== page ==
Something that art does, or can do, is show us different things at different times in our lives. I recently rewatched The Piano, as part of the Jane Campion retrospective at the Sydney Film Festival. The first time I watched it I was fifteen and it changed my perception completely. It was the first time I saw a film by a female director, a distinctly female gaze, and the tangle of desire, violence, beauty and music struck me like a bell. It stayed with me. Thirty years later, watching it in the auditorium of the Art Gallery of NSW I saw the same film with new eyes. Ada (Holly Hunter) is voiceless, and her only voice is her music (her art) yet the men around her won’t allow her to own it – even George (Harvey Keitel) insists on her body as a trade.

As a mother, I also saw the relationship between Ada and her daughter anew. How the daughter might turn on her mother, how the mother’s desire repulses the child. She must stay with me, Ada’s daughter Flora (Anna Paquin) says, again and again. She is happy to see her mother locked inside the house, she helps keep her prisoner, and only Alisdair’s (Sam Neill) violence changes her mind.

It is always the end of the film though that gets me: the penultimate scene. On the longboat, Ada puts her foot in the rope that is attached to her piano, which is being sent overboard (at her request) as she leaves her unhappy marriage and goes to Nelson with George and Flora. She is meant to have what she wants now: this shows us that perhaps she doesn’t. Perhaps what she wants is neither man. That moment when she steps intentionally into the coil of rope as it unspools. The gasp the only noise we have heard from her except in orgasm; a sound so close to that one.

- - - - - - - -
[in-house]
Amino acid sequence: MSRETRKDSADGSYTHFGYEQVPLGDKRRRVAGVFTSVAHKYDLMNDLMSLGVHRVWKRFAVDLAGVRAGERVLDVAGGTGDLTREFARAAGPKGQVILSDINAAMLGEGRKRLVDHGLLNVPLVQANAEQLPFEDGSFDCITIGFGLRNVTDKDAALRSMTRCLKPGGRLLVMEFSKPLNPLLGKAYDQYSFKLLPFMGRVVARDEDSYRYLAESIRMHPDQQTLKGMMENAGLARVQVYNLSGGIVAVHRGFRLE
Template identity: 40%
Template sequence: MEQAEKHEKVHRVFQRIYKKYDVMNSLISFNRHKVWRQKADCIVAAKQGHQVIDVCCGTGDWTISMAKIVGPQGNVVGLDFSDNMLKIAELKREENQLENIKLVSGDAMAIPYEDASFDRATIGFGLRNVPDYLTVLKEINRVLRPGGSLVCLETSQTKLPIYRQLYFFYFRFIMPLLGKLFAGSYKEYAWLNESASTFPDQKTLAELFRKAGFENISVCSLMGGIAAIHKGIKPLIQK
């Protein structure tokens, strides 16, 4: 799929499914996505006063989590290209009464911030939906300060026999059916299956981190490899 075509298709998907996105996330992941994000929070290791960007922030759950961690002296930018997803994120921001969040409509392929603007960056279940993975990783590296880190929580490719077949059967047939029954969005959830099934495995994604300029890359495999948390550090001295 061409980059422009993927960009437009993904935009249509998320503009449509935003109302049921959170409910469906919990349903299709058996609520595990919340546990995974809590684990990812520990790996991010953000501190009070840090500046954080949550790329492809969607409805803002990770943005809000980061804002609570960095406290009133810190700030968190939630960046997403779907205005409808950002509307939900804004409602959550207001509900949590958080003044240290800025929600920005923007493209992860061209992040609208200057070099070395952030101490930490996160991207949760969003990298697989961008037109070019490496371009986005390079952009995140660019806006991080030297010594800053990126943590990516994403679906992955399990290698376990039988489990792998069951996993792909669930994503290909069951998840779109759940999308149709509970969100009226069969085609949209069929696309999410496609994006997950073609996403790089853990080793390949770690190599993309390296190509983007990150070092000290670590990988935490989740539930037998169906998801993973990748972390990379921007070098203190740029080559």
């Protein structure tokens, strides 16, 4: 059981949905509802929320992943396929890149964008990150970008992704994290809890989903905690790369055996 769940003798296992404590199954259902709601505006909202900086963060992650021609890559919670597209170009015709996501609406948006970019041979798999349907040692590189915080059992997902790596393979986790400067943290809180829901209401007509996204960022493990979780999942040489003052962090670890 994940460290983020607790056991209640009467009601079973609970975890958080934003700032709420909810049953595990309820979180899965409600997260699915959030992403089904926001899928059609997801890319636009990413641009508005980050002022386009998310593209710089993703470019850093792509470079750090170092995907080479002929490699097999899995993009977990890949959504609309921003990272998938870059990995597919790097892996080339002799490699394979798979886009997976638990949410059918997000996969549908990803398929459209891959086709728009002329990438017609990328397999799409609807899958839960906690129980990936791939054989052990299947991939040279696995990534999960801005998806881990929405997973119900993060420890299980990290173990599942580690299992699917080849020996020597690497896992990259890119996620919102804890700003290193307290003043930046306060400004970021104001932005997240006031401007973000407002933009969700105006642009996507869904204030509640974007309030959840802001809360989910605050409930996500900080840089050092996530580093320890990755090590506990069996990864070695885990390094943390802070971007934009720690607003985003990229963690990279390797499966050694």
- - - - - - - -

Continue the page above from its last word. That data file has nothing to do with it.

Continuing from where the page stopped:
The splash and then sinking as the piano carries her down and down the green blue depths, a single ankle attached to the thick rope, her black dress billowing above her head. We see her bloomers, her white petticoats, the cage of her hoop encircling her. Air bubbles and the steadiness of her gaze. And then a shift in expression, she has changed her mind, she struggles. We sit breathless while she frees her foot from its shoe and swims upwards, emerging to take a deep breath. Gasping again, for air.

Then that strange, high, whispery voice:

What a death.                       

What a chance.

What a surprise.

My will has chosen life.

Still, it has had me spooked, and many others beside.

…At night, I think of my piano in its ocean grave. And sometimes of myself, floating above it. Down there, everything is so still and silent that it lulls me to sleep. It is a weird lullaby, and so it is. It is mine.

I knew at fifteen how I wanted to access this strange art: this way to juxtapose a drowned piano, the cage of a hoop, a rope tied to a floating shoe. I wanted all of this and the fierceness of Ada, the fury of that tight mouth and those unblinking eyes, silent in the mud and blood amongst Alisdair’s violence, sinking into her skirts soundlessly; the sheer strength of her will.

The gasp as the rope yanks her into the sea. The desire to follow her piano down, and the desire changing mid-sinking. The way, as artists, lovers, mothers, we can never find the right vessel for all of it.

Something always shifts.

I am still drawn to what lies beneath the surface: a whale, a piano in its ocean grave.

Still searching for sublimity.

Still finding my own sound.